- 29. It performs constructor replacement. So, constructors, remember, are 𝑵𝒊𝒍 and 𝑪𝒐𝒏𝒔, they are the two things that construct lists. The expression fold right with the function f, z on a list, will go through that list, in no particular order, and replace every 𝑪𝒐𝒏𝒔 with f, and 𝑵𝒊𝒍 with z. If it sees a 𝑵𝒊𝒍, which it might not, because it might be infinite. So if we take this list A, B, C, D, and I fold right with f and z on that list, I’ll get back whatever value is replacing 𝑪𝒐𝒏𝒔 with f and 𝑵𝒊𝒍 with z, whatever that is. So if A, B, C and D are all numbers and we want to add them up, I can replace f with plus, and z with zero, and it will add them all up. constructor replacement The foldr function performs constructor replacement. The expression foldr f z list replaces in list: • Every occurrence of 𝑪𝒐𝒏𝒔 (:) with f. • Any occurrence of 𝑵𝒊𝒍 [] with z1. 1 The 𝑵𝒊𝒍 constructor may be absent – i.e. the list is an infinite list of 𝑪𝒐𝒏𝒔. constructor replacement? • Suppose list = 𝑪𝒐𝒏𝒔 A (𝑪𝒐𝒏𝒔 B (𝑪𝒐𝒏𝒔 C (𝑪𝒐𝒏𝒔 D 𝑵𝒊𝒍))) • The expression foldr f z list • produces f A (f B (f C (f D z))) Tony Morris @dibblego
- 30. constructor replacement The foldr function performs constructor replacement. The expression foldr f z list replaces in list: • Every occurrence of 𝑪𝒐𝒏𝒔 (:) with f. • Any occurrence of 𝑵𝒊𝒍 [] with z1. 1 The 𝑵𝒊𝒍 constructor may be absent – i.e. the list is an infinite list of 𝑪𝒐𝒏𝒔. 2 The fold operator The fold operator has its origins in recursion theory (Kleene, 1952), while the use of fold as a central concept in a programming language dates back to the reduction operator of APL (Iverson, 1962), and later to the insertion operator of FP (Backus, 1978). In Haskell, the fold operator for lists can be defined as follows: 𝑓𝑜𝑙𝑑 :: 𝛼 → 𝛽 → 𝛽 → 𝛽 → 𝛼 → 𝛽 𝑓𝑜𝑙𝑑 𝑓 𝑣 = 𝑣 𝑓𝑜𝑙𝑑 𝑓 𝑣 𝑥 ∶ 𝑥𝑠 = 𝑓 𝑥 𝑓𝑜𝑙𝑑 𝑓 𝑣 𝑥𝑠 That is, given a function f of type 𝛼 → 𝛽 → 𝛽 and a value 𝑣 of type 𝛽, the function 𝑓𝑜𝑙𝑑 𝑓 𝑣 processes a list of type 𝛼 to give a value of type 𝛽 by replacing the nil constructor at the end of the list by the value 𝑣, and each cons constructor ∶ within the list by the function 𝑓. In this manner, the 𝑓𝑜𝑙𝑑 operator encapsulates a simple pattern of recursion for processing lists, in which the two constructors for lists are simply replaced by other values and functions. Consider the following definition of a function ℎ : ℎ [ ] = 𝑒 ℎ 𝑥: 𝑥𝑠 = 𝑥 ⊕ ℎ 𝑥𝑠 The function ℎ works by taking a list, replacing [ ] by 𝑒 and ∶ by ⊕, and evaluating the result. For example, ℎ converts the list 𝑥1 ∶ (𝑥2 ∶ 𝑥3 ∶ 𝑥4 ∶ ) to the value 𝑥1 ⊕ (𝑥2 ⊕ (𝑥3 ⊕ 𝑥4 ⊕ 𝑒 )) Since ∶ associates to the right, there is no need to put in parentheses in the first expression. However, we do need to put in parentheses in the second expression because we do not assume that ⊕ associates to the right. The pattern of definition given by ℎ is captured in a function 𝑓𝑜𝑙𝑑𝑟 (pronounced ‘fold right’) defined as follows: 𝑓𝑜𝑙𝑑𝑟 ∷ 𝛼 → 𝛽 → 𝛽 → 𝛽 → 𝛼 → 𝛽 𝑓𝑜𝑙𝑑𝑟 𝑓 𝑒 = 𝑒 𝑓𝑜𝑙𝑑𝑟 𝑓 𝑒 𝑥: 𝑥𝑠 = 𝑓 𝑥 𝑓𝑜𝑙𝑑𝑟 𝑓 𝑒 𝑥𝑠 Here on the right is Tony’s explanation that foldr does constructor replacement, and below are the explanations we came across in Part 1.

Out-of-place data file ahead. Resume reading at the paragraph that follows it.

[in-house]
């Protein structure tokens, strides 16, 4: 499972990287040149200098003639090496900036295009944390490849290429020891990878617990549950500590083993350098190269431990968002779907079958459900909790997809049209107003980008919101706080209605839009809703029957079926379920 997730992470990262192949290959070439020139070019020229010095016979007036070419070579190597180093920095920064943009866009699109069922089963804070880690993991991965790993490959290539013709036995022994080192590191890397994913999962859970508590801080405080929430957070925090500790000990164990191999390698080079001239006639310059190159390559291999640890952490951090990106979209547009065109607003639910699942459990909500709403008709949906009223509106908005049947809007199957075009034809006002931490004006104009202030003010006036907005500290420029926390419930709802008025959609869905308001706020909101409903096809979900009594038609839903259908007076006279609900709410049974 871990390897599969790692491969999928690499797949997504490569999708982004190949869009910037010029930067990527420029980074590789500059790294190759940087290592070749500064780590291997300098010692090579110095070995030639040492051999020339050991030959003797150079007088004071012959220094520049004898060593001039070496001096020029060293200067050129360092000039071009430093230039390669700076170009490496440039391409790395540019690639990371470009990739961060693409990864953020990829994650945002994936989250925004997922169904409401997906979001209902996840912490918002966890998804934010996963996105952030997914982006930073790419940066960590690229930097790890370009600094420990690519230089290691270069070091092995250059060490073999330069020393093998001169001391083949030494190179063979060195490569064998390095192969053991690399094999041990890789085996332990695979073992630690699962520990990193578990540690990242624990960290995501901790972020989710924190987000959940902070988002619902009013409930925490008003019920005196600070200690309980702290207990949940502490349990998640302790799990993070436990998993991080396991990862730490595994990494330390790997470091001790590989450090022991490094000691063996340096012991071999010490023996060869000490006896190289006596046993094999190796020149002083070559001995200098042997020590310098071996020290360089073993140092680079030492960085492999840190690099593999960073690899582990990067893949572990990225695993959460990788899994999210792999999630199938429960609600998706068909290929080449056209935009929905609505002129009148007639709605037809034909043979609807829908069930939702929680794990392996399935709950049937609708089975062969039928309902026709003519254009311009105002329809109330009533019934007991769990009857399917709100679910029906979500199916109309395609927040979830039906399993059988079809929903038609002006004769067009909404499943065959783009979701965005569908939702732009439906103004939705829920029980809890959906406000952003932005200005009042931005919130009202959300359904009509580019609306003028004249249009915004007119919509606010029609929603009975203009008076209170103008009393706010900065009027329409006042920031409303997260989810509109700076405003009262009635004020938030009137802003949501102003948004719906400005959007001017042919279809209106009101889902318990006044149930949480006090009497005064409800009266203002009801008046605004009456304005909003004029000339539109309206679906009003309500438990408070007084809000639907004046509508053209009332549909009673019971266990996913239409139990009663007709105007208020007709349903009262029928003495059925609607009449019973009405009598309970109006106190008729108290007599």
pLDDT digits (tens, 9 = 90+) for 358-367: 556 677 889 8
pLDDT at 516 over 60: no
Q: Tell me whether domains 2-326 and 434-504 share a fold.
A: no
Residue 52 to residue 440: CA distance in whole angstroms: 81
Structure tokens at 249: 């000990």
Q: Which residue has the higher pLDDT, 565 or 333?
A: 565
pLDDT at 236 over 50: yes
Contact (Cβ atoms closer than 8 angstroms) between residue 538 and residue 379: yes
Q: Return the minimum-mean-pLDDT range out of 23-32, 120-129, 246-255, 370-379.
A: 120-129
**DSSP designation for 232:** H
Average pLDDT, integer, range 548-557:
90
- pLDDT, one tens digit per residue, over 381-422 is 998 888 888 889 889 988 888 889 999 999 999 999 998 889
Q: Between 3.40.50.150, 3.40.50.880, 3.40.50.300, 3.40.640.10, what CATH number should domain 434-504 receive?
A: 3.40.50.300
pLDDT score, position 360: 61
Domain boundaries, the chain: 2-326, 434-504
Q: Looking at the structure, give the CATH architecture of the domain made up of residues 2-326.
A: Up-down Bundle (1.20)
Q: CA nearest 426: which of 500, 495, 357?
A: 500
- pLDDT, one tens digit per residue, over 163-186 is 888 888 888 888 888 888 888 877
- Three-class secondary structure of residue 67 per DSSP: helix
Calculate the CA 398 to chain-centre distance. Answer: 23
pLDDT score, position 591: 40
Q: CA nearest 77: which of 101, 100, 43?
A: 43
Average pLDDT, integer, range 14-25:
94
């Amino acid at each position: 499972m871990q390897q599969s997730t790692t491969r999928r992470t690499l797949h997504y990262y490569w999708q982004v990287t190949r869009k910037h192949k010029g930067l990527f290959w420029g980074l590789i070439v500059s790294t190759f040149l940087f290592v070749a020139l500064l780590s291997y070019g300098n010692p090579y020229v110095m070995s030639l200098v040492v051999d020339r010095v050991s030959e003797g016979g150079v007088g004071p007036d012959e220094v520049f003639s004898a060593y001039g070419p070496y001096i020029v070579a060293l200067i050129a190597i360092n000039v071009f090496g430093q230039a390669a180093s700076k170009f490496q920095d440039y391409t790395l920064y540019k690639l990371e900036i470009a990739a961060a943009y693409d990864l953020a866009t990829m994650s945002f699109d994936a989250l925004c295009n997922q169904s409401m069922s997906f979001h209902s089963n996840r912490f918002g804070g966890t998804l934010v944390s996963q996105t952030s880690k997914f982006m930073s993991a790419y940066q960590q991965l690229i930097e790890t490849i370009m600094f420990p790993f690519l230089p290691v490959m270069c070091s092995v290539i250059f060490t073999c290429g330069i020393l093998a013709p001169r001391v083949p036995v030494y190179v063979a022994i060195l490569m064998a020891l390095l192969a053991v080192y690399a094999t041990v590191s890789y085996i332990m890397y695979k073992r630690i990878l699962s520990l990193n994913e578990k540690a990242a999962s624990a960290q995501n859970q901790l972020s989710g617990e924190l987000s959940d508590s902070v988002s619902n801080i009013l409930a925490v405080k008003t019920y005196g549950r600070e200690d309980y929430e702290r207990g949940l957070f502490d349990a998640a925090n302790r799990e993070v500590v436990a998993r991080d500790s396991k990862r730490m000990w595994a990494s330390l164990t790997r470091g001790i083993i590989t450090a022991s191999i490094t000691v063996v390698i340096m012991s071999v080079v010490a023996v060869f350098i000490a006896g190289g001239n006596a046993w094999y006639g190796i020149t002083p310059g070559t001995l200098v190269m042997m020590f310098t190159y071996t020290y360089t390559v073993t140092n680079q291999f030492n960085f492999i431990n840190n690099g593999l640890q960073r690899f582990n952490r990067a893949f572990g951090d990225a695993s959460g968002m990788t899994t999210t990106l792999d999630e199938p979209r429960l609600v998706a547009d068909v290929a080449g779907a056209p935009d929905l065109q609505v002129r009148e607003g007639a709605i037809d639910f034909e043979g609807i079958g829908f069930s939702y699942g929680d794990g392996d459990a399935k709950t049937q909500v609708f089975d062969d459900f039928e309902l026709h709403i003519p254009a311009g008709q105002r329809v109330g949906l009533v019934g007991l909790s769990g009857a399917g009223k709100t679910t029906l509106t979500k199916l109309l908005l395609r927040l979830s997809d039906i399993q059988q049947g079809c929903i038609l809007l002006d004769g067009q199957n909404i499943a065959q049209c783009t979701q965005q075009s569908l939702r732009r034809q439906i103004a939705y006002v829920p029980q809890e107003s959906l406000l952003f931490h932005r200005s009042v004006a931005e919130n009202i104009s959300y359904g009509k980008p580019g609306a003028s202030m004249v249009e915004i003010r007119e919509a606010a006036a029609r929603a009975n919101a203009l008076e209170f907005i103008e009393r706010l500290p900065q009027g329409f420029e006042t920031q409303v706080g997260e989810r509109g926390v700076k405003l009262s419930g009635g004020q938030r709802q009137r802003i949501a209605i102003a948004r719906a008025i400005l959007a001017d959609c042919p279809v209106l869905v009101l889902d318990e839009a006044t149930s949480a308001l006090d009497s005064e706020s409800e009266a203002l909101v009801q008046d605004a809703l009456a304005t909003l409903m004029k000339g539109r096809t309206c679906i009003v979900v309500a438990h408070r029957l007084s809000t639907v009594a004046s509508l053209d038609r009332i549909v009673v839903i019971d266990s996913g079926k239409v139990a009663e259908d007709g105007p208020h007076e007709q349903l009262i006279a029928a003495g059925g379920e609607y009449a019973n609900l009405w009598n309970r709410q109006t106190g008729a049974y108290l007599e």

- 31. Let’s multiply them. So here is a list of numbers, 4, 5, 6, 7. I am going to replace 𝑪𝒐𝒏𝒔 with multiplication and 𝑵𝒊𝒍 with one. And now, that will multiply the numbers in a list. Fold right did constructor replacement. multiply the integers of a list Supposing list = 𝑪𝒐𝒏𝒔 4 (𝑪𝒐𝒏𝒔 5 (𝑪𝒐𝒏𝒔 6 (𝑪𝒐𝒏𝒔 7 𝑵𝒊𝒍))) ? multiply the integers of a list • let 𝑪𝒐𝒏𝒔 = (*) • let 𝑵𝒊𝒍 = 1 multiply the integers of a list Supposing list = (*) 4 ((*) 5 ((*) 6 ((*) 7 1))) product list = foldr (*) 1 list product = foldr (*) 1 Tony Morris @dibblego
- 32. The important thing about fold right to recognize, is that it doesn’t do it in any particular order. There is an associativity order, but there is not an execution order. So that is to say, some people might say to me, fold right starts at the right side of the list. This can’t be true, because I am going to be passing in an infinite list, which doesn’t have a right side, and I am going to get an answer. If it started at the right, it went a really long way, and it is still going. So that is what I should see if that statement is true, but I don’t see that. It associates to the right, it didn’t start executing from the right. It’s a subtle difference. What if I have a list of booleans and I want to and them all up? What am I going to replace 𝑵𝒊𝒍 with? Not 99. True. Yes. So if I have the above list, and I replace 𝑵𝒊𝒍 with True and 𝑪𝒐𝒏𝒔 with (&&), like this It will and (&&) them all up right folds replace constructors Let’s and (&&) the booleans of a list. and (&&) the booleans of a list Supposing list = 𝑪𝒐𝒏𝒔 True (𝑪𝒐𝒏𝒔 True (𝑪𝒐𝒏𝒔 False (𝑪𝒐𝒏𝒔 True 𝑵𝒊𝒍))) and (&&) the booleans of a list • let 𝑪𝒐𝒏𝒔 = (&&) • let 𝑵𝒊𝒍 = True Tony Morris @dibblego